Fri | Dec 1, 2023

SVREL and purse-money issues

Published:Saturday | July 9, 2022 | 12:06 AM
BLUE VINYL, ridden by Raddesh Roman, wins the Jamaica St Leger  at Caymanas Park on Saturday, July 2.
BLUE VINYL, ridden by Raddesh Roman, wins the Jamaica St Leger at Caymanas Park on Saturday, July 2.

FOR the second time in five months, thousands of horse-racing punters and persons whose livelihood depend on a race meet at Caymanas Park were left dreading an abandonment of last Saturday’s St Leger card, nervously keeping ears tuned to purse-money deliberations between horsemen and promoting company, Supreme Ventures Racing and Entertainment Limited (SVREL).

It wasn’t until late Thursday evening that a resolution was reached, enabling a race programme with amended purses, a commitment of an additional $30 million for six months, July-December, but hinged on a percentage of gross gaming revenue (local-racing sales minus payouts), which SVREL hopes will continue showing growth over the period.

Amid spending millions on infrastructure improvements since assuming operations at Caymanas Park in March 2017, SVREL has constantly had purse-money issues with horsemen hanging over its head like the sword of Damocles, despite an initial $100-million injection before the first race was run under its banner.

The first threat of aborting a race meet this season was late January. After a $9-million offer was flatly rejected, SVREL coughed up $18 million, described then as a ‘one-time incentive’ over five months, starting February and ‘expiring’ June 30, to which the horsemen agreed, relenting on their initial ask of a $70-million increase in purses.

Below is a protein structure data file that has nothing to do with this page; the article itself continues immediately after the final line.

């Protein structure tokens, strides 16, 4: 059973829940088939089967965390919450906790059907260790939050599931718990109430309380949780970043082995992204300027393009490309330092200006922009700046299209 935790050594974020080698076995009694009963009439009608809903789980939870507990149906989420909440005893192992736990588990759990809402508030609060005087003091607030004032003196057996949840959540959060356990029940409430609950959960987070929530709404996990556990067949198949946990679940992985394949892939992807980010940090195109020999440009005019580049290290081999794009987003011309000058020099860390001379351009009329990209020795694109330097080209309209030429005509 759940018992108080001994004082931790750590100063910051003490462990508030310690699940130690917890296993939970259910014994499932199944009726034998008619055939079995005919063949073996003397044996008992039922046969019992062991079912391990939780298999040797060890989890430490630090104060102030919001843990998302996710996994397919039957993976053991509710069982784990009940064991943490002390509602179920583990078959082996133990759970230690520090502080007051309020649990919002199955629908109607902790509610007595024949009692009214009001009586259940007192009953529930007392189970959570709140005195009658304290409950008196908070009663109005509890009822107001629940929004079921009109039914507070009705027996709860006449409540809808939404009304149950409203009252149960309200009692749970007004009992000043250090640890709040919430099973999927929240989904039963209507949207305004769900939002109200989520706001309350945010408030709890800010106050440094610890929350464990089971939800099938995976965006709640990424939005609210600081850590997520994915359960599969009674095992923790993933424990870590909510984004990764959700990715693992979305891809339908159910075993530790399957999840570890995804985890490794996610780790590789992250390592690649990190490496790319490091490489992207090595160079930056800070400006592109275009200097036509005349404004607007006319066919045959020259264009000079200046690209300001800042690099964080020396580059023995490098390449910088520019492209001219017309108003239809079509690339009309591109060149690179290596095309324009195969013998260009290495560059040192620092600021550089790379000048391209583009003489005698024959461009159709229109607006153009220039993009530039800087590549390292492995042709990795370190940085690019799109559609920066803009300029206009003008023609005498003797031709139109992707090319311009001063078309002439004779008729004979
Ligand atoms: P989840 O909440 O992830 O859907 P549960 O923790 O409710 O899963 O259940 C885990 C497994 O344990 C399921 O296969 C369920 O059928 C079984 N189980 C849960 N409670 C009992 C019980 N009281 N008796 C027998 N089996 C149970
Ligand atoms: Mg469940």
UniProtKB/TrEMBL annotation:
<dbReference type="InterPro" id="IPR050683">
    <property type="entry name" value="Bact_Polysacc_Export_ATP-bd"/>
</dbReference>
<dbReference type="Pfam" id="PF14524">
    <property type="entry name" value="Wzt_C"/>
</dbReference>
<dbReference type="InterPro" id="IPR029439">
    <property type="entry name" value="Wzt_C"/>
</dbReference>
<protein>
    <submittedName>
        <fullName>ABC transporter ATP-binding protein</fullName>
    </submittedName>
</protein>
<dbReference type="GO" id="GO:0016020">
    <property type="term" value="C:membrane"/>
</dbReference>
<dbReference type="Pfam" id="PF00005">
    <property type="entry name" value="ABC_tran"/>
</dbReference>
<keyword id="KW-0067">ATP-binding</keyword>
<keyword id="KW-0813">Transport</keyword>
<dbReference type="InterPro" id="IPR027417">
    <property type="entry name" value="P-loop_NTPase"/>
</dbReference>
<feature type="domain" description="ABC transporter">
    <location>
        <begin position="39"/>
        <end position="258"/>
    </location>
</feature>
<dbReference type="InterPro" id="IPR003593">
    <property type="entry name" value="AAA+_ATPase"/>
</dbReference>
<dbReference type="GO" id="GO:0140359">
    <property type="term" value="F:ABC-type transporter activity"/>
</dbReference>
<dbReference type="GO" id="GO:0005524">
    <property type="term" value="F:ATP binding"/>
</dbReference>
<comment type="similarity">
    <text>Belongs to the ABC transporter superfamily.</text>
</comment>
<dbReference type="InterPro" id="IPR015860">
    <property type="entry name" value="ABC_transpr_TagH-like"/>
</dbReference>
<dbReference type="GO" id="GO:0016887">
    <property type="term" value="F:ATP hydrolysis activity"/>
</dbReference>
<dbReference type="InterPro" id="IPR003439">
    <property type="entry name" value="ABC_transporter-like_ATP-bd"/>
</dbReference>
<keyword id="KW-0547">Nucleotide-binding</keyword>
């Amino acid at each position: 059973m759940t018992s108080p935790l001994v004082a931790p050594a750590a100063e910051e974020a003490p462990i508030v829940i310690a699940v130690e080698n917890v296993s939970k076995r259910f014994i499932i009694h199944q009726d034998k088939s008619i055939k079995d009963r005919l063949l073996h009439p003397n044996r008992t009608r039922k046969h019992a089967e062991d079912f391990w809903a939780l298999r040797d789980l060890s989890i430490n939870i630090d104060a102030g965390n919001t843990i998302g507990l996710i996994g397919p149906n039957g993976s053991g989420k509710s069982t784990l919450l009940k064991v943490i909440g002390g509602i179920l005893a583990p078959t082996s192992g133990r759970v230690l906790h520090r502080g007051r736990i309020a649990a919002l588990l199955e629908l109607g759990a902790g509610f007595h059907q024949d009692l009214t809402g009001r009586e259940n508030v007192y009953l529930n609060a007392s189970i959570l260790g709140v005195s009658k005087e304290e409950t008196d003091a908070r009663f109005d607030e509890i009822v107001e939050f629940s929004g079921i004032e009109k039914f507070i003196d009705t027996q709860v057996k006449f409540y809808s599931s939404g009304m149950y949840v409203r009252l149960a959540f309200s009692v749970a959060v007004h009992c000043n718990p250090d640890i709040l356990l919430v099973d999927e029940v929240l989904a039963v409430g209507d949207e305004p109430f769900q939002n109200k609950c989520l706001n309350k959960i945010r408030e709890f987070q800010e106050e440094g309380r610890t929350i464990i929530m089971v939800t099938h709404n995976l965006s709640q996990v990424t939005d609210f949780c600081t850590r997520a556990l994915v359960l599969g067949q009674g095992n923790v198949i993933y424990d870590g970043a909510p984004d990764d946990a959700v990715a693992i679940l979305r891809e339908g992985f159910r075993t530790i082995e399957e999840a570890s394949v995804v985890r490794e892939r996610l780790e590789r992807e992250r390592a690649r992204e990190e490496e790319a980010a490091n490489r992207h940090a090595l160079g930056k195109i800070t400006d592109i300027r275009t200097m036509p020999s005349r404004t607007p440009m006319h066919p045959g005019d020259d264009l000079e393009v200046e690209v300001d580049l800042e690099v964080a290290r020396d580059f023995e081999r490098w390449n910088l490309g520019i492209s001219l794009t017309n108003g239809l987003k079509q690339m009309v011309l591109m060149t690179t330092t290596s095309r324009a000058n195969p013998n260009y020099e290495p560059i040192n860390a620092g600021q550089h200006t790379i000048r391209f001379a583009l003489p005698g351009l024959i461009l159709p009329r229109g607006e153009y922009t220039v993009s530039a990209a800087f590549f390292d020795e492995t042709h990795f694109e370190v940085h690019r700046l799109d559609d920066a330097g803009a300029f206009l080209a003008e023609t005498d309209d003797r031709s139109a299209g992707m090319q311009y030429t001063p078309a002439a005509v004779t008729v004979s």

SVREL, in a news release detailing the $18-million addition, reminded the horsemen of a memorandum of understanding, signed May 11, 2020, that had spoken to future negotiations being by “implementation of a committee, consisting of representatives from SVREL and all relevant stakeholders, to craft and agree a formula linking purses to movements in revenues and costs”.

Last week, in addition to haggling over what percentage of gross gaming revenue would be used to determine the July-December purse addition, distribution of the added money to the various levels of horses was also a sticking point, an argument which should be a non-starter, easily resolved by the mere fact that more money must go to the higher groups at which fewer races are run.


An agreement to tie purse increases to gross gaming revenue is particularly important for transparency, especially at a racetrack still in its infancy of privatisation after living off the hog of government coffers for decades, being accustomed to taxpayers’ monies being wantonly thrown into the black hole of state-run Caymanas Track Limited (CTL).

Horsemen, whose cries have perennially been ‘lock it down’, whenever their purse demands aren’t satisfied, are now faced with life in the corporate world. Though purse money is an important incentive to own horses, it will never reach levels capable of keeping pace with the costs to maintain a racehorse, a ridiculous juxtaposition often posited by horsemen during negotiations.